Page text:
First World Problems: When Split Bills Split Friends


Aug 6, 2015


Article Icon - First World ProblemsFirst World Problems is a weekly advice column for India’s first world population. Write to Judy at contact@theswaddle.com (confidentially!) if you’ve broken a nail, felt a little blue, yellow or green lately,
or had a strange encounter of the any-numbered kind.

PROBLEM: I have a friend who insists on breaking down bills for group dinners item by item. I (and everyone else I know) are more than happy to split the bill by general fractions (e.g., six people, six ways), even though I’m veg and don’t drink and so my dish/itemized bill is often less than others’. It’s generally ends dinners with frustration for all of us. He’s a great guy, but is it OK to not invite him to the next one just because of this?

Ah, now this is the kind of problem I like reading about during Friendship Week. You say he’s a great guy, but at the first sign of obnoxious behavior, you just want to dump him? Sigh. You sound like you’re in your thirties or older but you’re acting like a spoilt Millennial, so I’m going to talk to you like you’re one. How would you feel if you woke up one morning and Siri just stopped talking to you? Worse, she doesn’t even bother explaining to you that it’s because you’re clingy, suffocating, entitled and obnoxious. ‘Do unto others…’ darling. Besides, there are so many ways to get your point across: (a) You could talk to him and tell him this trait of his is making everyone uncomfortable, (b) You could passive-aggressively suggest that he get a separate bill ’cause it’s easier for the rest of you to split it equally without his share, and my favourite, (c) Institute the famous Amish shunning courtesy of Dwight Schrute.

PROBLEM: My little boy has a best friend who lives in our complex. I work part-time, but the other little boy’s mum doesn’t, so she invites my son over almost every afternoon because the kids are friends and she knows it helps me. It’s very sweet and I like the boy, so I’m happy to have my son spend time with him. But all they do is eat junk food and watch TV for hours. My son, who used to love vegetables, now has a mega-sweet tooth because of all his time there! I don’t want to forbid him playing there. So how do I tell the woman that I want him to eat well and do more wholesome activities?

Uhh … I think you’re confusing daycare with friendly neighbours. No worries, common mistake. Let me explain how the two work: Daycare is where you pay professionals in childcare to be in charge of all your child’s needs when you’re at work. In this case, it is perfectly understandable for you to have a nervous breakdown when your darling, vegetable-loving offspring has turned into a candy-demanding-tantrum-throwing little tyrant like Dudley Dursley. Because, you know, these guys are supposed to be childcare experts and you’re paying them to do what they’re supposed to be good at. In the case of friendly neighbours, though, there is no money involved, no promise of expert care — and therefore, no expectations. Everything works on an I-invite-your-child-over-because-I-like-him-and-my-child-likes-him-and-I-like-you basis. So in this case, the appropriate response to her invitations would be. “Thank you! I really appreciate what you’re doing. How can I return the favour?”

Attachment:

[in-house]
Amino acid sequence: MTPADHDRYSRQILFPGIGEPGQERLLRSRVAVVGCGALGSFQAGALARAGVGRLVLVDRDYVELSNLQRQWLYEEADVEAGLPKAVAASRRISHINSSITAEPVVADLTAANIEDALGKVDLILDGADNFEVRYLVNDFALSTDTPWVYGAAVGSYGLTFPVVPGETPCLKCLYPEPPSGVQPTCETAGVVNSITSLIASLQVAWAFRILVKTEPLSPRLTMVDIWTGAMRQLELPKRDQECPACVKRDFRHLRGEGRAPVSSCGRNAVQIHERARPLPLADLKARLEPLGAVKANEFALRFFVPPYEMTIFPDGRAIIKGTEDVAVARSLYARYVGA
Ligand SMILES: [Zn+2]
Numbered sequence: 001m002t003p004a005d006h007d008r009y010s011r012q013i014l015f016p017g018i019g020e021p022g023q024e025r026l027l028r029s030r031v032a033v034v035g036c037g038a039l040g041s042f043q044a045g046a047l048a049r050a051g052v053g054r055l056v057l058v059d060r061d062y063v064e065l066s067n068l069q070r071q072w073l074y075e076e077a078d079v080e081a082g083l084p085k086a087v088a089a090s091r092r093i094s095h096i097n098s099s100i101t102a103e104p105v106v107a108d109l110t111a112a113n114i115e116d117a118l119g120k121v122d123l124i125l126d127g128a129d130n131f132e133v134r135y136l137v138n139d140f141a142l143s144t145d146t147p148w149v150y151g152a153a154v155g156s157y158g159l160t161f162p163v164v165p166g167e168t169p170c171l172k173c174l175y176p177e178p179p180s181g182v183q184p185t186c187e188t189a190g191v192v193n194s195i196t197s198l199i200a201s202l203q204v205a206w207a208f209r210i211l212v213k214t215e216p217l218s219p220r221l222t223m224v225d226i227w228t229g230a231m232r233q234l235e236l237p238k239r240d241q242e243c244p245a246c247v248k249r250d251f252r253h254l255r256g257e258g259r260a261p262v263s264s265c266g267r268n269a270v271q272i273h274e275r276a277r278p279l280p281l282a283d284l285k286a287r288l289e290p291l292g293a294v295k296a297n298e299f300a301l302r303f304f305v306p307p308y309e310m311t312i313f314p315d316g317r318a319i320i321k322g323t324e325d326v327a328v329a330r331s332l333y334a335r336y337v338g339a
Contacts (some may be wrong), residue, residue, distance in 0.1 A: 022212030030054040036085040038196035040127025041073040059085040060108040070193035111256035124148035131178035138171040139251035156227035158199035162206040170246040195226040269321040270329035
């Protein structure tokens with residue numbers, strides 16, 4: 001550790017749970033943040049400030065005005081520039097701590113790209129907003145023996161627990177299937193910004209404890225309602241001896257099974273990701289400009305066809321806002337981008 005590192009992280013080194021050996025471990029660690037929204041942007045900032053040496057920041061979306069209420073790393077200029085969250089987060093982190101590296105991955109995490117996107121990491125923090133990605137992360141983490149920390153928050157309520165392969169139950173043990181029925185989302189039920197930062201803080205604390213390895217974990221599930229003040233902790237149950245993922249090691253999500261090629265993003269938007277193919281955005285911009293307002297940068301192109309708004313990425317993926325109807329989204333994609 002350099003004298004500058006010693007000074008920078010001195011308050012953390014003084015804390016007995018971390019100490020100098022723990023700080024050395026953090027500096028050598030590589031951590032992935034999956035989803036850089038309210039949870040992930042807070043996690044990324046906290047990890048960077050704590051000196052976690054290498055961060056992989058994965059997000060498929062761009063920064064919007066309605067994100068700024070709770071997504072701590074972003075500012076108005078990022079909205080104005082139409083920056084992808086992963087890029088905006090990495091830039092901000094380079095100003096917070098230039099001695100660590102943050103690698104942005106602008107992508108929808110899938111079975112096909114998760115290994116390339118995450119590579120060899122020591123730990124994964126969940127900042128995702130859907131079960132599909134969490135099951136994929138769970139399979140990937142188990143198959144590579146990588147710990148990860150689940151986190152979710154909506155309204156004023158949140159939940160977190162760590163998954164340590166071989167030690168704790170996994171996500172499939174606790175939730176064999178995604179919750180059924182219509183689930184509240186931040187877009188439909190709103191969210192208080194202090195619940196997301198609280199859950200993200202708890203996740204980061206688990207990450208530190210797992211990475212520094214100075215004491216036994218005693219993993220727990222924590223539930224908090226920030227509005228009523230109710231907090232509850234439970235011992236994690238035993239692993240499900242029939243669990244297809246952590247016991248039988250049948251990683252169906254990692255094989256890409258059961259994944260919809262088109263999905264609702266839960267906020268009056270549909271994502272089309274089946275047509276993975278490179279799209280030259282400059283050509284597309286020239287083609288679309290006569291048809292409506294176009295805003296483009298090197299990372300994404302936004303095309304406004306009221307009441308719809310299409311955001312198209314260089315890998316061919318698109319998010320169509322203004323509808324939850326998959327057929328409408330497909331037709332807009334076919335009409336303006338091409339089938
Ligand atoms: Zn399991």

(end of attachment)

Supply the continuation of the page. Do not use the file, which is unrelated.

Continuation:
And if you don’t like something about the arrangement, which you clearly don’t, there is always daycare! But I’m guessing your son isn’t going to like it. SO … I have one last trick you can try: Tell your neighbor that your son has some rare, fancy disease; you’re not comfortable talking about it in detail, but the doctors insist you feed him a certain quantity of vegetables everyday. You can then tell her that it’s too much for her to do, so you’d rather restrict his time at their place and hope with all your heart that she insists on switching diets just so she can have him over. And since you’re putting her through so much crap just so your son can get nutritional food, you better find a really big thank-you gesture to pay her back for her extraordinary kindness and for the fact that you fed her such a big, fat lie involving your baby boy, no less.

Because, as they say, karma is a bitch.


Written By Judy Balan

Judy Balan is a bestselling author and blogger popular for her quirky, often self-deprecatory humour. She is a self-proclaimed expert at American pop-culture with a sitcom/romcom quote for all of life’s situations. Judy believes that if she’s made you laugh, smile or even snort in the middle of a stressful day, her job here is done. Follow her at her website judybalan.com, on Twitter @judybalan, or on Facebook.


Leave a Comment

Your email address will not be published. Required fields *.

The latest in health, gender & culture in India -- and why it matters. Delivered to your inbox weekly.